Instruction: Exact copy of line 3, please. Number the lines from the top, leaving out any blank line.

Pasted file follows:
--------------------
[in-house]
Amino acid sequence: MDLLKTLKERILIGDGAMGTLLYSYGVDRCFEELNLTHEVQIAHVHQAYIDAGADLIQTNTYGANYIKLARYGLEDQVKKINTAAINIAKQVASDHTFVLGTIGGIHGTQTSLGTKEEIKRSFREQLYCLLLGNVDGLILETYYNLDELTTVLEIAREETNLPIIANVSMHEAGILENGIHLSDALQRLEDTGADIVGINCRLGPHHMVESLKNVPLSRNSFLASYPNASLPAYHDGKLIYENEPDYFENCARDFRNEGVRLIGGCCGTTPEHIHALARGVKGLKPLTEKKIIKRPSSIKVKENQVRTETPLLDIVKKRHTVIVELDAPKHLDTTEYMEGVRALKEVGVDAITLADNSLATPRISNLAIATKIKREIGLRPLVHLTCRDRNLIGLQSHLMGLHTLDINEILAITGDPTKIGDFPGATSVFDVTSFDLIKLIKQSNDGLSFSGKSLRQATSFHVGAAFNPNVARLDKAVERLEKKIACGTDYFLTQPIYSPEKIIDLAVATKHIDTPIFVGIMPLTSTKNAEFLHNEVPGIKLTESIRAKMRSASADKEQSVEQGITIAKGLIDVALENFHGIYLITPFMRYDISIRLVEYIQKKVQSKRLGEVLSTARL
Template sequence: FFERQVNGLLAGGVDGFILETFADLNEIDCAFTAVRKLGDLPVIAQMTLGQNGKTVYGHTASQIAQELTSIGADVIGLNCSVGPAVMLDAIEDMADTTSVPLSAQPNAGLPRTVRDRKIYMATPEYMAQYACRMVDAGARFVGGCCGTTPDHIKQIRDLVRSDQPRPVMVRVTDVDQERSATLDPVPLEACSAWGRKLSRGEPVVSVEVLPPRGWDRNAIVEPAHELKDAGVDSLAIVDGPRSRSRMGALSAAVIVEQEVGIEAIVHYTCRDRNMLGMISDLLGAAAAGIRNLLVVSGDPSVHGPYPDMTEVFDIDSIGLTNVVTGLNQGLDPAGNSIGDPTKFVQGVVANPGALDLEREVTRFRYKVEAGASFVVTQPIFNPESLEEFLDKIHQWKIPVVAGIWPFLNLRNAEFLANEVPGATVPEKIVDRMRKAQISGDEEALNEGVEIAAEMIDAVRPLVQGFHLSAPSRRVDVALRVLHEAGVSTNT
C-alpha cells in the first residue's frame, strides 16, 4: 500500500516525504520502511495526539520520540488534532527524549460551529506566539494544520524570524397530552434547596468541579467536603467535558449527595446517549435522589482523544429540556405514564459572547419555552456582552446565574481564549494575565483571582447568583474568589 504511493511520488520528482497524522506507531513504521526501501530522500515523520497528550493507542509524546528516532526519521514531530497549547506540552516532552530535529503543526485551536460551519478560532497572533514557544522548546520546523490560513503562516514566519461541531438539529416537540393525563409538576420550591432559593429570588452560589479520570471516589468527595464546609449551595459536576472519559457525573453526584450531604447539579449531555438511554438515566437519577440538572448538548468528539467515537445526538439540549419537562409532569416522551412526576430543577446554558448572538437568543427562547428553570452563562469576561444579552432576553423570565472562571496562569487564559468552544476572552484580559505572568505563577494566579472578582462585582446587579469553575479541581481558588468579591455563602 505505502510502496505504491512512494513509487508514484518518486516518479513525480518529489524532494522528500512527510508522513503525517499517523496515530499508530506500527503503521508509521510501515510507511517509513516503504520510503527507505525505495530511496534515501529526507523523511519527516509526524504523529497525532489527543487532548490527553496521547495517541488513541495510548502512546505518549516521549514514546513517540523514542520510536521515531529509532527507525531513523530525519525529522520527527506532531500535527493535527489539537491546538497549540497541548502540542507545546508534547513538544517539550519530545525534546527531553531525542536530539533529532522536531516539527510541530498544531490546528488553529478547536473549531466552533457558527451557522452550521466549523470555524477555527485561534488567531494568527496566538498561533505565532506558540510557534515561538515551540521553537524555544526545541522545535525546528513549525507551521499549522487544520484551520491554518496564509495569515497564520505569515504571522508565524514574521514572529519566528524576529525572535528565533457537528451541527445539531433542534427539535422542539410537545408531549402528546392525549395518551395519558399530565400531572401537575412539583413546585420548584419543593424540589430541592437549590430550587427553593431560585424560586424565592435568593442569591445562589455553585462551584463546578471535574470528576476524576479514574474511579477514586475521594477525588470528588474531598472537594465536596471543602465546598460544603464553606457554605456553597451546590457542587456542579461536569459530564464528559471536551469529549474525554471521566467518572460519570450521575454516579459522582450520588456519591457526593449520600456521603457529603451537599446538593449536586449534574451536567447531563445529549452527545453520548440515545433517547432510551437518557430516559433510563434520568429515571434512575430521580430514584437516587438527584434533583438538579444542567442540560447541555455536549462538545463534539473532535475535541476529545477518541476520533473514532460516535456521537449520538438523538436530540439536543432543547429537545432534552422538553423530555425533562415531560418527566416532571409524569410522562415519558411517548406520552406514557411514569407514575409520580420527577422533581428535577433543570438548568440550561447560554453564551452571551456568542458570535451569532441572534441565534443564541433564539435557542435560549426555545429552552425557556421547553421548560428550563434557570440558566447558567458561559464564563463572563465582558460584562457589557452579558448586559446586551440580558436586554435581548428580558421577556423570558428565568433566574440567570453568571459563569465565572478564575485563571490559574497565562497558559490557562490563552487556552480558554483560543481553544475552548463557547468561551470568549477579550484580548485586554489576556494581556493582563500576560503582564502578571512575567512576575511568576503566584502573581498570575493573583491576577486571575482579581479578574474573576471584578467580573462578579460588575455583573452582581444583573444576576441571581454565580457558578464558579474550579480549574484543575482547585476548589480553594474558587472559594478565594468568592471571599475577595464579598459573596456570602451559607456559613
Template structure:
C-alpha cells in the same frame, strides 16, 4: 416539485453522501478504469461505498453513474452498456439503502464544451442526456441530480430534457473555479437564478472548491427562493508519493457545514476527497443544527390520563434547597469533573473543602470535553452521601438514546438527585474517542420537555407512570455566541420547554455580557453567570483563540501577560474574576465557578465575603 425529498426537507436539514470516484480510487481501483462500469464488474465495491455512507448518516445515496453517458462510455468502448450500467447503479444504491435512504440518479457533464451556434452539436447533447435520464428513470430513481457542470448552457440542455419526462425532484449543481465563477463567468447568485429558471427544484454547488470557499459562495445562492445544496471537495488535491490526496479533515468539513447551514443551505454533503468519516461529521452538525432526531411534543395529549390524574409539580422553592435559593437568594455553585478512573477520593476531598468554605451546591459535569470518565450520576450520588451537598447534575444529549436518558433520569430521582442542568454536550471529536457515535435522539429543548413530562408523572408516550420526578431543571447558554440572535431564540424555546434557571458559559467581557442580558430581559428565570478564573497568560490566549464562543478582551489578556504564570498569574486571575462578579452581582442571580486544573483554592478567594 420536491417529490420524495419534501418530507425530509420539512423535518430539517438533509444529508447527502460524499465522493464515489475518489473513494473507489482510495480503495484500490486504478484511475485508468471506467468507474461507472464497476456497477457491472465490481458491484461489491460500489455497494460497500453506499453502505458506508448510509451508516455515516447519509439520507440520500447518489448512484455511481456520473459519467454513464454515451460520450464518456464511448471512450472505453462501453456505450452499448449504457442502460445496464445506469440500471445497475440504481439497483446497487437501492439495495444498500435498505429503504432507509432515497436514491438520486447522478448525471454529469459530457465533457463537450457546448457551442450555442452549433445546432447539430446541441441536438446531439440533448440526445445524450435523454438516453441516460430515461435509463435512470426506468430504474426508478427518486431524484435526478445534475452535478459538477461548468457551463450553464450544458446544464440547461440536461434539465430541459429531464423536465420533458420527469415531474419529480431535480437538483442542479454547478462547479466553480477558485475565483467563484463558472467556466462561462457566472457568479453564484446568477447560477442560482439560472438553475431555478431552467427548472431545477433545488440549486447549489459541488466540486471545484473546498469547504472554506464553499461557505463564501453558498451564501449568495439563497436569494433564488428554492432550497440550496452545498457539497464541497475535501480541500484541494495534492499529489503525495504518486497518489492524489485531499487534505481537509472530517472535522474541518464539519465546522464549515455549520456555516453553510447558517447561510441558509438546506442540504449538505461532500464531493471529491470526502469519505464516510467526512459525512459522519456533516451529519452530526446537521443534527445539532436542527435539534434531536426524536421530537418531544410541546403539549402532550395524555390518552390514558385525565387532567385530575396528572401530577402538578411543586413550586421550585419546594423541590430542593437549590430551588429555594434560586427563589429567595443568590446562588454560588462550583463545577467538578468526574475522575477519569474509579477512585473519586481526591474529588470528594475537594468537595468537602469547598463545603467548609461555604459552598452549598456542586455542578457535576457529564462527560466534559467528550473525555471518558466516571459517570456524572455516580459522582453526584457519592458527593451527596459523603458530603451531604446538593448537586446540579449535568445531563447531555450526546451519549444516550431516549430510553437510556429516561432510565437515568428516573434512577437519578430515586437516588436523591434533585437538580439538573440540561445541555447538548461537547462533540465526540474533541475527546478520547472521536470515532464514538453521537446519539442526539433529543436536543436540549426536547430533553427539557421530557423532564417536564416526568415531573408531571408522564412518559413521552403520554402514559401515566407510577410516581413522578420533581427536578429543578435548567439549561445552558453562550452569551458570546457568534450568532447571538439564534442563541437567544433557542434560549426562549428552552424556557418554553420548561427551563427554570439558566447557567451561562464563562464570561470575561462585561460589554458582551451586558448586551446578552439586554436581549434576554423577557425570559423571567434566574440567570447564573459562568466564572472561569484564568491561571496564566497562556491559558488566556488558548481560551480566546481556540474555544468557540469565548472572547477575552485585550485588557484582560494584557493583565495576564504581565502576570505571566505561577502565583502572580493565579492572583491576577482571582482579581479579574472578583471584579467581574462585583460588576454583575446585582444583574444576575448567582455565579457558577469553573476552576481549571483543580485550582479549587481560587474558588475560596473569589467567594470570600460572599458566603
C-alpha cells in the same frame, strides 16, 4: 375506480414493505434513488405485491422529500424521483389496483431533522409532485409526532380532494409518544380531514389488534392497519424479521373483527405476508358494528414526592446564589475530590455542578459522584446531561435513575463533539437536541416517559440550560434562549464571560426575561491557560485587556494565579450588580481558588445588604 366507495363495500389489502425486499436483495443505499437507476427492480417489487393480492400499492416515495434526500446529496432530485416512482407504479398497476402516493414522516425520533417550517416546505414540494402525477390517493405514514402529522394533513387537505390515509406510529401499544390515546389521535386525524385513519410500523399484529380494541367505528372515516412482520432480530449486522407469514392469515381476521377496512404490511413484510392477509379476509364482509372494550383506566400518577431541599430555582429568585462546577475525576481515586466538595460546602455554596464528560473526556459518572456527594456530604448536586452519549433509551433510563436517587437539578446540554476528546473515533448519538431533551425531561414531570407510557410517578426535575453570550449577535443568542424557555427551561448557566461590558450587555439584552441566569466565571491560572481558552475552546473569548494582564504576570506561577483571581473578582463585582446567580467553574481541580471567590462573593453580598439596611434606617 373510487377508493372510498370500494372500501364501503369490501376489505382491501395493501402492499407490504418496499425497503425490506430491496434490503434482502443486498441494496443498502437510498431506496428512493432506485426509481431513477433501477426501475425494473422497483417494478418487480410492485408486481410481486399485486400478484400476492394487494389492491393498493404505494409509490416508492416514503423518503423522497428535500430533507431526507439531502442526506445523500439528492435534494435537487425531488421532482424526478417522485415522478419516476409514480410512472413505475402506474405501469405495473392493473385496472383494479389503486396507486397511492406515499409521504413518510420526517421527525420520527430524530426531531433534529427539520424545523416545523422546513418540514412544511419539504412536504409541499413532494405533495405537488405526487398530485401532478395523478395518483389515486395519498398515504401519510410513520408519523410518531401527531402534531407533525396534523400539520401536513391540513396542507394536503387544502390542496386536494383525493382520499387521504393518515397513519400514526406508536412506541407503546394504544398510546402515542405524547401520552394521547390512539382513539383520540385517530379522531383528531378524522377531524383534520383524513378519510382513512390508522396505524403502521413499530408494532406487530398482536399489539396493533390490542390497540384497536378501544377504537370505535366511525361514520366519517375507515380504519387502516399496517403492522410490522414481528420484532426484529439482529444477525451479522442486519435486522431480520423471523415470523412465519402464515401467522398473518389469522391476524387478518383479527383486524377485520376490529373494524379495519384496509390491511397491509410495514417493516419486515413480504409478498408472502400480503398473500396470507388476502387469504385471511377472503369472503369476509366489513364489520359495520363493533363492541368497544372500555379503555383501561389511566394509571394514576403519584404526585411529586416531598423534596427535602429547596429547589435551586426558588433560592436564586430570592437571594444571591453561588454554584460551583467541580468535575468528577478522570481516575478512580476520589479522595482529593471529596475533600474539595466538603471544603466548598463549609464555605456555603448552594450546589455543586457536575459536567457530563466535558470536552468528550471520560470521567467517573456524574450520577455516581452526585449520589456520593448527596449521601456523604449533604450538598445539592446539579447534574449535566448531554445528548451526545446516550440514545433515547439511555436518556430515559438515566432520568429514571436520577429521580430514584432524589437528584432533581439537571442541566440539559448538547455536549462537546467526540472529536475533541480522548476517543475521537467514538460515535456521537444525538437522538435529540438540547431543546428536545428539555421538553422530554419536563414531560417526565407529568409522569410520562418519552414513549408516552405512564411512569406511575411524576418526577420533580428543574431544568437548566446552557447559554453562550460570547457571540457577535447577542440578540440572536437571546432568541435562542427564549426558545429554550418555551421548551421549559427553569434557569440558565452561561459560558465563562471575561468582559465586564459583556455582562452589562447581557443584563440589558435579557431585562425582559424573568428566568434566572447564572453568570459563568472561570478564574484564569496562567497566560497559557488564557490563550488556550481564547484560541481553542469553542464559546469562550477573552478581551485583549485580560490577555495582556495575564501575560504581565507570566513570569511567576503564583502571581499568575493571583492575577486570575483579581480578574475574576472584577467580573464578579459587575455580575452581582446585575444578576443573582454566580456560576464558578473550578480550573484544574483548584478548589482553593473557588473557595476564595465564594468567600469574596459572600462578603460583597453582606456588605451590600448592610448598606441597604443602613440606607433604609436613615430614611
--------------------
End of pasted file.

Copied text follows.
Template sequence: FFERQVNGLLAGGVDGFILETFADLNEIDCAFTAVRKLGDLPVIAQMTLGQNGKTVYGHTASQIAQELTSIGADVIGLNCSVGPAVMLDAIEDMADTTSVPLSAQPNAGLPRTVRDRKIYMATPEYMAQYACRMVDAGARFVGGCCGTTPDHIKQIRDLVRSDQPRPVMVRVTDVDQERSATLDPVPLEACSAWGRKLSRGEPVVSVEVLPPRGWDRNAIVEPAHELKDAGVDSLAIVDGPRSRSRMGALSAAVIVEQEVGIEAIVHYTCRDRNMLGMISDLLGAAAAGIRNLLVVSGDPSVHGPYPDMTEVFDIDSIGLTNVVTGLNQGLDPAGNSIGDPTKFVQGVVANPGALDLEREVTRFRYKVEAGASFVVTQPIFNPESLEEFLDKIHQWKIPVVAGIWPFLNLRNAEFLANEVPGATVPEKIVDRMRKAQISGDEEALNEGVEIAAEMIDAVRPLVQGFHLSAPSRRVDVALRVLHEAGVSTNT